"You Broke It, You Own It"

Barry Blitt's cartoon for this week's New Yorker magazine cover, used without permission.

Water, Water Everywhere...

Most in this country take water for granted: you turn the faucet, and out it flows. You use it for cooking, bathe in it, flush it, and drink it without any worries about its safety.

Where I live, water comes from the ground. There is an old stoned-up spring in my pasture that gushes an icy-cold, clear overflow even in the driest of summers; a 58’ drilled hole in the granite underpinnings of our hilly landscape has been supplying delicious, chemical-free water to my house for about thirty years.

Some time in July, our bodies became possessed by aliens. It took nearly six weeks to diagnose the “beaver fever” (giardia lambia) that gripped us, in part due to the fact that we had eaten some rare tuna on the night before getting sick. Ironically, the tuna was a red herring, not at all related to our malady, but for the first couple of weeks it was the prime suspect. We couldn’t look at food; our intestines roared and raged; we dragged ourselves around; we avoided social situations (giardia can make even the most swell person very bad company). We had our well water tested, and it flunked.

The summer of our intestinal discontent progressed into the autumn of my close acquaintance with the NYS Health Department, local and far away laboratories, and eventually what feels like a PhD in Water Quality Assurance.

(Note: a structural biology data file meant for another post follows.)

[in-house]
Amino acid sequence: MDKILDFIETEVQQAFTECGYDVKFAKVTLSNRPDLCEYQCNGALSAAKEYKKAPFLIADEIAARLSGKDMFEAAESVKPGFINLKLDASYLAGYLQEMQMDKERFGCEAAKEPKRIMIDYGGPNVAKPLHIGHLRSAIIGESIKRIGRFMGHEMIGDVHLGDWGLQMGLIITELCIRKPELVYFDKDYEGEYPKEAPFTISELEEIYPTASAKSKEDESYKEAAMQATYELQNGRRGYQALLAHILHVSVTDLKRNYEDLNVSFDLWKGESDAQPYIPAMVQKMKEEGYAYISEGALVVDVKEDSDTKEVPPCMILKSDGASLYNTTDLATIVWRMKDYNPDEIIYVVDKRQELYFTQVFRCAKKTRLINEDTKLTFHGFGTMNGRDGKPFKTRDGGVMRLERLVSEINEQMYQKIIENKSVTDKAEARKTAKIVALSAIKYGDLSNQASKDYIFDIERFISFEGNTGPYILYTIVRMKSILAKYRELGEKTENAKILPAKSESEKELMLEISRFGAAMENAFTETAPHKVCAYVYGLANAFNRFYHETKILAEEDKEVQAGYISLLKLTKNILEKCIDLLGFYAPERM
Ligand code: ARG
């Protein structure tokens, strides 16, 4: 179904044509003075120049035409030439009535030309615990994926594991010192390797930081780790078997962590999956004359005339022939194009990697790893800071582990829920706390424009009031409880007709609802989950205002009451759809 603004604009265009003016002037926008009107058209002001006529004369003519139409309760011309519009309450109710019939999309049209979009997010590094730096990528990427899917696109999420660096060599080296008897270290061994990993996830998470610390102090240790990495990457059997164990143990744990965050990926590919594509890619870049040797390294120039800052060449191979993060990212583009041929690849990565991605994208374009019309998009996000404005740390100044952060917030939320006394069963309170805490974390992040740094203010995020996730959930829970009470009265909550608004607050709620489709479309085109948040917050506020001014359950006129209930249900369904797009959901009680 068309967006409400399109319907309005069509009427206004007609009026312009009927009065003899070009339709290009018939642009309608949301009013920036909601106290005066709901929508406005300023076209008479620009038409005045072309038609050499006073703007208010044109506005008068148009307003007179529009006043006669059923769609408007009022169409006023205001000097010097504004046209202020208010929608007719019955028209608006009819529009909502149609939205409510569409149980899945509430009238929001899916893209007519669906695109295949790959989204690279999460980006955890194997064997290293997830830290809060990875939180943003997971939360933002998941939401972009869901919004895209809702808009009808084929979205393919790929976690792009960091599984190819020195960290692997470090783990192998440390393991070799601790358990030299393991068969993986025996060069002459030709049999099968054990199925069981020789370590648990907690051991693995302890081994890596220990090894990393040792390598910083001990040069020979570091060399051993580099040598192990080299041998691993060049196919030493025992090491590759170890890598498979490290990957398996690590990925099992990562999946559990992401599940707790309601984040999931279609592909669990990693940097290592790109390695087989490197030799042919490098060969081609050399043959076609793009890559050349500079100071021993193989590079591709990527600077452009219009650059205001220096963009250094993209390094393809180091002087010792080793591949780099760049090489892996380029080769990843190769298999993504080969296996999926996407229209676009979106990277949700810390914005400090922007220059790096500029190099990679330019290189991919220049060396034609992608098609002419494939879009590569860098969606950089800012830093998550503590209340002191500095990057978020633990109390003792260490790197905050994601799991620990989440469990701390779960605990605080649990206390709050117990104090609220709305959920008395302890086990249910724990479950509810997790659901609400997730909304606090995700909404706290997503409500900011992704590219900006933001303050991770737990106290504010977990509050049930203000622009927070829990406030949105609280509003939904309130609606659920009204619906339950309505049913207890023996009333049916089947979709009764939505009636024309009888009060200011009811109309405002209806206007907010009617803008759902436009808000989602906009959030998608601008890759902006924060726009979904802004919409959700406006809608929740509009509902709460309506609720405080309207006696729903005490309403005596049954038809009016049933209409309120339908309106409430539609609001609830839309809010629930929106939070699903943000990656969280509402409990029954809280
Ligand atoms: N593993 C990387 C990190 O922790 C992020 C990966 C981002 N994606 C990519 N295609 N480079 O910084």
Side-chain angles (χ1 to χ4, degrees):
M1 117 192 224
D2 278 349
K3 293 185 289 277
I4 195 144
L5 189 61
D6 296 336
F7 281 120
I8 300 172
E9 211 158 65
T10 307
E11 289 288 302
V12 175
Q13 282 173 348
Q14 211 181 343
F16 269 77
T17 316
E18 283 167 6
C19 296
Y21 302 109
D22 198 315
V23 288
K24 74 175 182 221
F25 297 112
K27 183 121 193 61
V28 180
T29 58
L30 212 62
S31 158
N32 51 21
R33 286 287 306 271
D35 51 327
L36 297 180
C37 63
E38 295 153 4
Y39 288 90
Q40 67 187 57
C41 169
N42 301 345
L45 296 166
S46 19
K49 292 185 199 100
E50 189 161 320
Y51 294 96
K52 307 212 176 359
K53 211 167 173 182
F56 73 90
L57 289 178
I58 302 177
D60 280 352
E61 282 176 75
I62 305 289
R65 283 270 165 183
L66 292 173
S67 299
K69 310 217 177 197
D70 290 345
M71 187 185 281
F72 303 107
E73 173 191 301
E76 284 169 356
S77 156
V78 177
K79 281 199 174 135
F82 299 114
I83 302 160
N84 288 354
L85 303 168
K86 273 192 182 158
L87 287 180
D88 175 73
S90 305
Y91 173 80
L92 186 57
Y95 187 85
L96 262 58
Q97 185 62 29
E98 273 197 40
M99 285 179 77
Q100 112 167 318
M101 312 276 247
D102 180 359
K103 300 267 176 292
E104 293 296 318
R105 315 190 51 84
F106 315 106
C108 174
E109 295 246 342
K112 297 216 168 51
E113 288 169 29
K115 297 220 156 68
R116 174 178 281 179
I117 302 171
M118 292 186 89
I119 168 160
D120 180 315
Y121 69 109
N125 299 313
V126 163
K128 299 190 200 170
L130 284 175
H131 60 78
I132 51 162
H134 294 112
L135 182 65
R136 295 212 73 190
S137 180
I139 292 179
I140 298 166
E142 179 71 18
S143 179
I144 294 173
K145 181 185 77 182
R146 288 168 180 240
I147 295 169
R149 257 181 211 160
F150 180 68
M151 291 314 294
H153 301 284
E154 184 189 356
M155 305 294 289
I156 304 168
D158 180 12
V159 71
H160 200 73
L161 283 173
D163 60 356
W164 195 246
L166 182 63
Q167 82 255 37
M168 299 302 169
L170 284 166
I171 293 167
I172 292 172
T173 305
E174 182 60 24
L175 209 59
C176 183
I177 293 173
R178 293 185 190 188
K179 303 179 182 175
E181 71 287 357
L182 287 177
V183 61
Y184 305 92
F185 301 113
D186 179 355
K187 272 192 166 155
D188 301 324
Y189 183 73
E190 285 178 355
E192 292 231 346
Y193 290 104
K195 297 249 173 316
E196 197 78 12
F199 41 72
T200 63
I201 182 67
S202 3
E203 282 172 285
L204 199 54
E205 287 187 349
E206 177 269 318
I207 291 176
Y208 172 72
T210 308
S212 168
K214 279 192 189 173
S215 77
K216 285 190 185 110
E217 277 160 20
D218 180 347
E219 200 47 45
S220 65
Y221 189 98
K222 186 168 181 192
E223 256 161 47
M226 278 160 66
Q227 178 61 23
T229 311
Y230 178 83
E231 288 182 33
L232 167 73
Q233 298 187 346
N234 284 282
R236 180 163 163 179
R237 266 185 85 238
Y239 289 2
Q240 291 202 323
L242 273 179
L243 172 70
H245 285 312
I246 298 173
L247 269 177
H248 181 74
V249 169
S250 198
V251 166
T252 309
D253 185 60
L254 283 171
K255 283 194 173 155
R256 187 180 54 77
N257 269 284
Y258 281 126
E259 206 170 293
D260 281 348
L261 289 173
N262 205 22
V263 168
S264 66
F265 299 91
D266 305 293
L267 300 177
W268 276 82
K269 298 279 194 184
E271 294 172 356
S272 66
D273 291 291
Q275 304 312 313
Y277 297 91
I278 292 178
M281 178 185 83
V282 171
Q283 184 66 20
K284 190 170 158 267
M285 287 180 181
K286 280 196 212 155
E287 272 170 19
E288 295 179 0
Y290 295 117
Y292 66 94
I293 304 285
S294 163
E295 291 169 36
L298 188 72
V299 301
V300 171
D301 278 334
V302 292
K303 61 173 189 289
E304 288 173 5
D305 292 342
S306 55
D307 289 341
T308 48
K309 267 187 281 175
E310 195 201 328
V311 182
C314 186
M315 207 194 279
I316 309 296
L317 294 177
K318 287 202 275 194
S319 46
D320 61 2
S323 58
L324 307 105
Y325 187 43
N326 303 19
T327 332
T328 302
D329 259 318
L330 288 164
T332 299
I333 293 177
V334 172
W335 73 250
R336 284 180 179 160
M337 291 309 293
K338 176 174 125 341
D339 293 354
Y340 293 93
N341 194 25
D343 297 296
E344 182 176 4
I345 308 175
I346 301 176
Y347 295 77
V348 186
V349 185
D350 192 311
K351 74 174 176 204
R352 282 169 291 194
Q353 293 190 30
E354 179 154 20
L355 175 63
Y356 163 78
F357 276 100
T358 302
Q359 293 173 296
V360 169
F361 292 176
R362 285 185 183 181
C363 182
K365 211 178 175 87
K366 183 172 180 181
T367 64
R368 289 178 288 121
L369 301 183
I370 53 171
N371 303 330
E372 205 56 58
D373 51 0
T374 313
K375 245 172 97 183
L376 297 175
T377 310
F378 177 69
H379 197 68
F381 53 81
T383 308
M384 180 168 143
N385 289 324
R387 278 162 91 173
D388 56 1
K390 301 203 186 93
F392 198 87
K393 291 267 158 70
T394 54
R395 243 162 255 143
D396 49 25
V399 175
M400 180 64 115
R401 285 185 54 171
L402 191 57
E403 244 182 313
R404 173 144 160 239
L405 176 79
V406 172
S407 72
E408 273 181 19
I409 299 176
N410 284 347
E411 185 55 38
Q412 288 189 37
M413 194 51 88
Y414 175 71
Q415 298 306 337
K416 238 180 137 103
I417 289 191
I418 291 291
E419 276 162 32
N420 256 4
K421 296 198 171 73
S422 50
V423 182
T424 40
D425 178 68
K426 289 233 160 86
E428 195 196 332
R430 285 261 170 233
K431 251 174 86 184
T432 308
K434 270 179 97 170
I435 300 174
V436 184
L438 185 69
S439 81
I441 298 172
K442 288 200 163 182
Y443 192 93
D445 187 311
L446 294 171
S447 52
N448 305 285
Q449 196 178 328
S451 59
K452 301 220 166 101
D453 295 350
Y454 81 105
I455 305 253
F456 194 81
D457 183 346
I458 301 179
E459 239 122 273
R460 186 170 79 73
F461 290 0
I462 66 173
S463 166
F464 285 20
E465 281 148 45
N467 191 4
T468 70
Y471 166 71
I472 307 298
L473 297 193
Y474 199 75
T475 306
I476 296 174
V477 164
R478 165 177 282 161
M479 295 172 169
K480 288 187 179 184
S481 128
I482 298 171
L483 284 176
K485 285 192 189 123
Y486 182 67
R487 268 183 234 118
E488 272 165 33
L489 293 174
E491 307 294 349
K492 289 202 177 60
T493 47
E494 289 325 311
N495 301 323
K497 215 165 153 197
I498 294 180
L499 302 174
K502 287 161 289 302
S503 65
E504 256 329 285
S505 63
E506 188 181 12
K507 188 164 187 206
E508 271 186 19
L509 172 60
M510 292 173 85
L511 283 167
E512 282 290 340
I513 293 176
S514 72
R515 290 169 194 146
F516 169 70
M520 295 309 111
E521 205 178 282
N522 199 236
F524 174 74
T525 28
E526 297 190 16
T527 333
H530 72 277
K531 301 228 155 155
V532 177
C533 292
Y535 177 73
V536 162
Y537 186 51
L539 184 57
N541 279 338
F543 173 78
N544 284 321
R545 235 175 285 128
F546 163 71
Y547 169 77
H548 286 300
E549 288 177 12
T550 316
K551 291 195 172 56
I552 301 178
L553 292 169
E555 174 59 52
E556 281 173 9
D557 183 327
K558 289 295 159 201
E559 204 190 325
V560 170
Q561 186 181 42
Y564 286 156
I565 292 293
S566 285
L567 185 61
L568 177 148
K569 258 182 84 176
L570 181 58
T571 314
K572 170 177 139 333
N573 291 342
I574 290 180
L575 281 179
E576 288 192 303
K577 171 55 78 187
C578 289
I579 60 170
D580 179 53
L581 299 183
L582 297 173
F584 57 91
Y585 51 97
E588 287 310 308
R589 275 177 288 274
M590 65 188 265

I listened to the water treatment specialists, but the high tech methods of “purifying” water are so Rube Goldbergish as to be amusing, not to mention expensive. You can treat giardia with UV light – if your water meets a long list of criteria (turbidity, suspended solids, color, sulfide, metals content, hardness etc.) - and ours didn’t. No problem... you buy a large $1500 greensand filter, a $1000 softener, and then pass it through the $3200 UV light (a method that works as long as you don’t have a power outage, at which time the little giardia weasels infest your pipes and faucets...) Of course there is also the monitoring, hauling of salts to the softener, bulb and filter replacing etc., but here’s the catch: the UV light doesn’t KILL the giardia; it affects its DNA, so what you end up drinking after all of this treatment is mutant giardia. Sound yummy? The people promoting this method assure me it’s fine, but I remember when x-ray machines were installed in shoe stores so you could look at the bones of your feet for the fun of it. That was thought to be perfectly safe too. Okay, so add an $850 reverse osmosis 1 micron carbon block drinking water system with non-electric booster pump to keep pressure high enough. And oh yeah, you might need one of these for each drinking water faucet. Skol!